During November of 1969, the terms of the Compujob transaction were negotiated between Katz, on behalf of his clients and John G. Davies, *fn6" who represented NSMC. Katz requested that his fee for the services rendered to Miller & Swan be paid by NSMC as part of the transaction. This was acceptable to NSMC. His services included the drafting of several basic documents: a sales agreement, a collateralized promissory note, a management agreement and a letter agreement. With the exception of the letter agreement, all of the documents were backdated to late August 1969. The Purchase and Sale Agreement was "made as of August 27, 1969." By its terms Miller and Swan purchased all outstanding shares of Compujob in return for their collateralized promissory note of $225,000. The note dated August 29, 1969, excluded their personal liability and was without recourse. The collateral supplied to secure the note, 4500 shares of NSMC stock, was furnished by Cortes W. Randell, NSMC's president. In turn, Randell received from Miller and Swan 25 percent of the outstanding stock of Strider. Randell had little, if any, hard facts or knowledge as to the full worth of the Strider stock. He had not seen any financial statements and had no knowledge of any of its financing commitments or land purchase contracts. The recently formed company had no history of operations upon which any informed judgment could be based.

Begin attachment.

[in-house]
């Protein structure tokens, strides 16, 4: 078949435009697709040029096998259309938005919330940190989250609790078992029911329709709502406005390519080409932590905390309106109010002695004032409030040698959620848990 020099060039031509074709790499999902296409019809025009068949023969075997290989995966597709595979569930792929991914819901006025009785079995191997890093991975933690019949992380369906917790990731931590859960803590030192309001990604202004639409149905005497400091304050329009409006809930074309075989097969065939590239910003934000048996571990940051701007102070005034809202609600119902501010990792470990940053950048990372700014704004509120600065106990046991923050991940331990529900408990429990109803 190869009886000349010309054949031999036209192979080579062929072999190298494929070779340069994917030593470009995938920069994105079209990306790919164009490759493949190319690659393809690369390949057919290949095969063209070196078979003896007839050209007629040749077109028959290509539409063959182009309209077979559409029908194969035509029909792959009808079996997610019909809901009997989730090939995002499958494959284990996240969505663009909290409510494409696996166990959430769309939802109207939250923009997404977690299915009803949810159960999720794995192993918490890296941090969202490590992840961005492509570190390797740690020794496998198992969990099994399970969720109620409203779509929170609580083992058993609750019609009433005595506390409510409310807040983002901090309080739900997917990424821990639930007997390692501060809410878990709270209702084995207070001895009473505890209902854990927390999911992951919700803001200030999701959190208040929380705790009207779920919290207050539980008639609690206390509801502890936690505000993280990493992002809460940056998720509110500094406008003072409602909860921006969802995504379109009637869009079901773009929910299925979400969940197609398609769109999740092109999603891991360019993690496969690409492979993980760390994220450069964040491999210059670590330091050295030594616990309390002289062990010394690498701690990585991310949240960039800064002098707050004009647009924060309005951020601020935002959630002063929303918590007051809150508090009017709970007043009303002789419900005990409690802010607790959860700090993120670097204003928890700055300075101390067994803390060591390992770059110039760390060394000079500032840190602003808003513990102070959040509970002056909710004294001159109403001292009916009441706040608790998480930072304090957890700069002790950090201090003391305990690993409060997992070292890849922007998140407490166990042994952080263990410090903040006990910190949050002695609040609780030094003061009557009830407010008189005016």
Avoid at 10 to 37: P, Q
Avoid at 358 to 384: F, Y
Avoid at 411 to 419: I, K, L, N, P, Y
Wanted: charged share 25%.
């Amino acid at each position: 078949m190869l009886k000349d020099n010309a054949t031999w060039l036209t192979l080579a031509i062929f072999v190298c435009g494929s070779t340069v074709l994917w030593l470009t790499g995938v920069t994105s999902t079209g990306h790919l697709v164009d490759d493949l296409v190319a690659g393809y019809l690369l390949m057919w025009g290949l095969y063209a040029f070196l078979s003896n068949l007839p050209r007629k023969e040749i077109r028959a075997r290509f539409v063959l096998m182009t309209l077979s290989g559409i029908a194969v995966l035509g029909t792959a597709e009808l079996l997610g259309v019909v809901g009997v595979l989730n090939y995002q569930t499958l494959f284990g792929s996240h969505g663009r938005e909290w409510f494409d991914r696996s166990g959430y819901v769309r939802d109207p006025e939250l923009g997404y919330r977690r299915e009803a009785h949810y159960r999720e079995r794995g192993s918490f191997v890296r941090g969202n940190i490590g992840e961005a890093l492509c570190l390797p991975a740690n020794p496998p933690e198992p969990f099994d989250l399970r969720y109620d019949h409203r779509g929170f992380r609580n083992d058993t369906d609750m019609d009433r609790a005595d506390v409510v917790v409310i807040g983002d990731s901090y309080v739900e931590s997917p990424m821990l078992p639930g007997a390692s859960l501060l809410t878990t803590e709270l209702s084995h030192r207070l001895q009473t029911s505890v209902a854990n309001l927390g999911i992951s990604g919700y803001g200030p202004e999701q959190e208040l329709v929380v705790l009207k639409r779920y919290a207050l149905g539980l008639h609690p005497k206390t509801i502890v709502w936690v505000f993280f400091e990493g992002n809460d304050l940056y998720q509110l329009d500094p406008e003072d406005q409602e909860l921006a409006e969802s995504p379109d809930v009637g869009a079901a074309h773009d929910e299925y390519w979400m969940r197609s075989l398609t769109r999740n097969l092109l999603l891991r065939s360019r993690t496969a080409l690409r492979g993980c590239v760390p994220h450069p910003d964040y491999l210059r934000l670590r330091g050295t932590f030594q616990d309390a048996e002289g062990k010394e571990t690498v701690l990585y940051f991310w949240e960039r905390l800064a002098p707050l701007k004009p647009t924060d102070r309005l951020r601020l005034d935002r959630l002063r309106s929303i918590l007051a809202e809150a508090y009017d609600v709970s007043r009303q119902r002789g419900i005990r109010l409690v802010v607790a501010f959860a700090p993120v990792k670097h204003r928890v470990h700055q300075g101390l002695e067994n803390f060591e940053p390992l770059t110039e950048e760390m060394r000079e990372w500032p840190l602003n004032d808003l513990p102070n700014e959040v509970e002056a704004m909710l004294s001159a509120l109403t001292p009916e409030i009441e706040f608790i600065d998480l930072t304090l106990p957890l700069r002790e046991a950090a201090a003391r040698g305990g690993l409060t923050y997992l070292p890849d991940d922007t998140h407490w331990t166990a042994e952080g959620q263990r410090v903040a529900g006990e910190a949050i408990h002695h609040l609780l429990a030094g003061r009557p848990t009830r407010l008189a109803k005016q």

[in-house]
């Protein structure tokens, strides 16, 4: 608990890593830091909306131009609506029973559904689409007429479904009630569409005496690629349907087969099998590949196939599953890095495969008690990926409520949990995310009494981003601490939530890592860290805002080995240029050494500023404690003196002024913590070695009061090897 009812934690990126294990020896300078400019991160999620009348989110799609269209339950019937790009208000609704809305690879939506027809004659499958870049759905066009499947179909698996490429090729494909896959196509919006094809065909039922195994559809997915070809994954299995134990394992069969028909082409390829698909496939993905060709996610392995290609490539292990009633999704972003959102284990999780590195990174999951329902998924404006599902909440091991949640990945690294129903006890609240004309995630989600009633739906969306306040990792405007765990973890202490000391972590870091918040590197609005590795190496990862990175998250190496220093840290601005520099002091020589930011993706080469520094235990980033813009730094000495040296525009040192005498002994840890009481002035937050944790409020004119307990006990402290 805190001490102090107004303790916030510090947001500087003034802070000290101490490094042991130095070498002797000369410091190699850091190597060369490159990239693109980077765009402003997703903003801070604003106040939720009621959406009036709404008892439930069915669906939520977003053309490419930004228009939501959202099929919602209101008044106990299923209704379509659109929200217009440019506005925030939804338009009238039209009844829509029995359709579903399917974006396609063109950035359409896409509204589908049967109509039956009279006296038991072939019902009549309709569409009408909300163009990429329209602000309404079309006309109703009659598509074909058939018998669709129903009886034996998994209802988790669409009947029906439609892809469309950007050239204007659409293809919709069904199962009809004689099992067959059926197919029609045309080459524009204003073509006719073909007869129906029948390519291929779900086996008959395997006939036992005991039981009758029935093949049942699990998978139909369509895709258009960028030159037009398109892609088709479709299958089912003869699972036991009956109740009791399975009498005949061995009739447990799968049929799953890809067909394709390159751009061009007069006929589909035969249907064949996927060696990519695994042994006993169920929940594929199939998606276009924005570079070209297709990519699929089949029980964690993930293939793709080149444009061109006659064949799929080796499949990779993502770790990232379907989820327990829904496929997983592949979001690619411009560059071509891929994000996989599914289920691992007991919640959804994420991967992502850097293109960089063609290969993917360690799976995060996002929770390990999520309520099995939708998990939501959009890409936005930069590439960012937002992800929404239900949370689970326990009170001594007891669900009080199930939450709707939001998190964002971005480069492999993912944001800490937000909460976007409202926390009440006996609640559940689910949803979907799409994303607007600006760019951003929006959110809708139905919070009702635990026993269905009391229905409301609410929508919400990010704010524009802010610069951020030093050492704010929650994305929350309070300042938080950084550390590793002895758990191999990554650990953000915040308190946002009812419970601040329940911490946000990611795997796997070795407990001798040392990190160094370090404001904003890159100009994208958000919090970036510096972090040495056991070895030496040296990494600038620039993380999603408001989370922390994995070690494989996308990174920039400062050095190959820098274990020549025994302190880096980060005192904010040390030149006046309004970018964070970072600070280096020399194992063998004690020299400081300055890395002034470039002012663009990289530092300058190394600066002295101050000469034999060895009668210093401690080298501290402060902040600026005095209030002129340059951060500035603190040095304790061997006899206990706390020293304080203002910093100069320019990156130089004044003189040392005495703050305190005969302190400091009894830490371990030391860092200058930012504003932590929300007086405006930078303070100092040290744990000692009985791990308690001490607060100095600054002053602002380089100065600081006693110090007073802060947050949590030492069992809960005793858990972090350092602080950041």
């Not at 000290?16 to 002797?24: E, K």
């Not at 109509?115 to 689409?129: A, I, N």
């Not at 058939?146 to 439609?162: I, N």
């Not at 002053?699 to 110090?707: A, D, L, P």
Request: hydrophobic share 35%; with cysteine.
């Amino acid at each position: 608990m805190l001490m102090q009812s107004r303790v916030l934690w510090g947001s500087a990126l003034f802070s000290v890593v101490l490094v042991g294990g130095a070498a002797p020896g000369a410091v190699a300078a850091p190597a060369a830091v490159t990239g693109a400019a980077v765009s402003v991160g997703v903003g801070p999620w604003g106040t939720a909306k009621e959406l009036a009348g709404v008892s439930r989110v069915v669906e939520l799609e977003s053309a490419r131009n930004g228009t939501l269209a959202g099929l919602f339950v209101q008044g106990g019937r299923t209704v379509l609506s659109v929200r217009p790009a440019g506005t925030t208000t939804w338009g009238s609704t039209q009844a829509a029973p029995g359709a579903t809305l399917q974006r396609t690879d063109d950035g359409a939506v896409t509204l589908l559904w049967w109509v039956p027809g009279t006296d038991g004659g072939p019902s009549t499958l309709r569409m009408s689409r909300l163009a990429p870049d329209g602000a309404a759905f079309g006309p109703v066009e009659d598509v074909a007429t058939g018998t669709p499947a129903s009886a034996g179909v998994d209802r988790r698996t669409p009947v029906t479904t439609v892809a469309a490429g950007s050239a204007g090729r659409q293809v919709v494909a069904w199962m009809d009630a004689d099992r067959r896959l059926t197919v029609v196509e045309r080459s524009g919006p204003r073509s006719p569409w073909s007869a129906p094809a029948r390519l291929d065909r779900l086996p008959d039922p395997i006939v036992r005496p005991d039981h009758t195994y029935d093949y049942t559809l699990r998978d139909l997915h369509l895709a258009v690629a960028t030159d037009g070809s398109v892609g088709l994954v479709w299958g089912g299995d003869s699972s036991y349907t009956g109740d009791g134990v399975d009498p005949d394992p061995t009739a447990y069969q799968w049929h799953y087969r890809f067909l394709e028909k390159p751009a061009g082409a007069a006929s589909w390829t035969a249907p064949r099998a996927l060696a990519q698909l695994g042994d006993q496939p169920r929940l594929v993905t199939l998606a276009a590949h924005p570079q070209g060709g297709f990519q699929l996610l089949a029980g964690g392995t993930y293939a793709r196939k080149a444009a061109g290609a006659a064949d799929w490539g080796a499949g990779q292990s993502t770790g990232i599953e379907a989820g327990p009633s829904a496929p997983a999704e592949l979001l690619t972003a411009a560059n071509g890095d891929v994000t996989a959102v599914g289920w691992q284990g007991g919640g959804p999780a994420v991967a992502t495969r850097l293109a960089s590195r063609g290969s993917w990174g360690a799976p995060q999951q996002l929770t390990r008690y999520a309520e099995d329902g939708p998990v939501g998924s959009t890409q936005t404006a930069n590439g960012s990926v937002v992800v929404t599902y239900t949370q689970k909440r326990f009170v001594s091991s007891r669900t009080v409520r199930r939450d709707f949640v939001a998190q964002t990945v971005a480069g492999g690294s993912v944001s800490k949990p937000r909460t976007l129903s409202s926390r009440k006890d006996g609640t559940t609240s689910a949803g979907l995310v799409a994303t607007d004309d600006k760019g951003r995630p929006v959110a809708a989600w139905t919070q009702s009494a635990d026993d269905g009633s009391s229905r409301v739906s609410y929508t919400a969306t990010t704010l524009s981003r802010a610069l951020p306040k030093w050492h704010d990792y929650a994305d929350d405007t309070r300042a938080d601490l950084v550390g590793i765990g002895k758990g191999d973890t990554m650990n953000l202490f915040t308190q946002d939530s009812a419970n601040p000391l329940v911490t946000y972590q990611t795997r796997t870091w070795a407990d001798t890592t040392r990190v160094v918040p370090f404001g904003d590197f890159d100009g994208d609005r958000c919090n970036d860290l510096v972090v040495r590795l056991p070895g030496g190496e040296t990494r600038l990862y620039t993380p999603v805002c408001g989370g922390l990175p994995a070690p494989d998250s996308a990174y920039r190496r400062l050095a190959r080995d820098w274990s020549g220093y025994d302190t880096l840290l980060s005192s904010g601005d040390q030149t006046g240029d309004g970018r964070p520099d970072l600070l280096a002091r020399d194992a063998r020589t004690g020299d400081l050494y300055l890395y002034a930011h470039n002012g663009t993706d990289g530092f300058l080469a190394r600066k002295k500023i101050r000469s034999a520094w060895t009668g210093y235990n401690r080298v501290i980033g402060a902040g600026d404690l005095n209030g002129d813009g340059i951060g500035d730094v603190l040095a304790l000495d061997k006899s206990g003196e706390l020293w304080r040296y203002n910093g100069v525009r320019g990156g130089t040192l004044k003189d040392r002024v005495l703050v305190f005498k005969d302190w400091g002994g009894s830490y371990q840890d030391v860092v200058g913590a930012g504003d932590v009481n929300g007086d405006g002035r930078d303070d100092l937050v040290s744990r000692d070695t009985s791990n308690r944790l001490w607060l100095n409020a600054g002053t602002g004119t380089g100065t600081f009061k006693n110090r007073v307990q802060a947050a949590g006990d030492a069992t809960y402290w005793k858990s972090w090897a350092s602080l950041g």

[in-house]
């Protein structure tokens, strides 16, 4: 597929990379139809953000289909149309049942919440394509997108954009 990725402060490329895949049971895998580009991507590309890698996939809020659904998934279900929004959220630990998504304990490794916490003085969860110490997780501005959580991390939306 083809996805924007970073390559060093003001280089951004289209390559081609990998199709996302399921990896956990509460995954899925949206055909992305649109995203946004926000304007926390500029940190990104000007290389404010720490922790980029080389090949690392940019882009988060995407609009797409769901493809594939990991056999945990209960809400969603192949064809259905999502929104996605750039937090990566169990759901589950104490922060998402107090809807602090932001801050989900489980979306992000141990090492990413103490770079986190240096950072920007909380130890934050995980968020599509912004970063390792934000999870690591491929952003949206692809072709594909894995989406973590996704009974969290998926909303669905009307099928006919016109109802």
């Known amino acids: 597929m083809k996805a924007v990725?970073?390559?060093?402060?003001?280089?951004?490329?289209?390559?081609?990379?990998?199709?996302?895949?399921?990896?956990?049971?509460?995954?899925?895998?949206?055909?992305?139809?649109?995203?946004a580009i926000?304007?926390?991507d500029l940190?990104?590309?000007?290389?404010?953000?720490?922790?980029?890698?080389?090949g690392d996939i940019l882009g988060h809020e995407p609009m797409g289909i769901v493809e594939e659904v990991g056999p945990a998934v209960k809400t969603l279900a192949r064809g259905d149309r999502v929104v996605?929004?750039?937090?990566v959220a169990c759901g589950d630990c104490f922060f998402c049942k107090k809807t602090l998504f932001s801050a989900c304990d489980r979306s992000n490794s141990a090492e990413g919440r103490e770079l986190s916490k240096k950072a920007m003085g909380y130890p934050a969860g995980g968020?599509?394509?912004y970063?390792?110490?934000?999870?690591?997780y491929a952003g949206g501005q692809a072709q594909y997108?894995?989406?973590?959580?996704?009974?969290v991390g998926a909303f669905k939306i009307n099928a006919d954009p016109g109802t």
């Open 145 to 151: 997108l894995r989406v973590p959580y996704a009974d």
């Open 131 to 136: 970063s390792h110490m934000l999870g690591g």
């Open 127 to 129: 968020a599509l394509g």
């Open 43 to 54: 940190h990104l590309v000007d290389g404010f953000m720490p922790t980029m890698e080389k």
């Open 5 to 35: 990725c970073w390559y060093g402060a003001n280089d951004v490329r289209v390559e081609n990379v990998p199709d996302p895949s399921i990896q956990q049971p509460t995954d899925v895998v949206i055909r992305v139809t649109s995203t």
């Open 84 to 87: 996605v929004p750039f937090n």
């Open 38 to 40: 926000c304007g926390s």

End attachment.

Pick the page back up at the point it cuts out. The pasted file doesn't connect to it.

As previously noted, in 1968 when Miller and Swan originally sold Compujob in exchange for NSMC stock they were also entitled to a fraction of Compujob's profits over a period of five years (pay-out agreement). In the resale of Compujob back to Miller and Swan, the previous pay-out agreement was terminated in exchange for 4000 shares of NSMC stock issued to them. However, at the time of the termination agreement Compujob had not accumulated any earnings, and thus Miller and Swan were not entitled to any payments under this provision for fiscal 1969.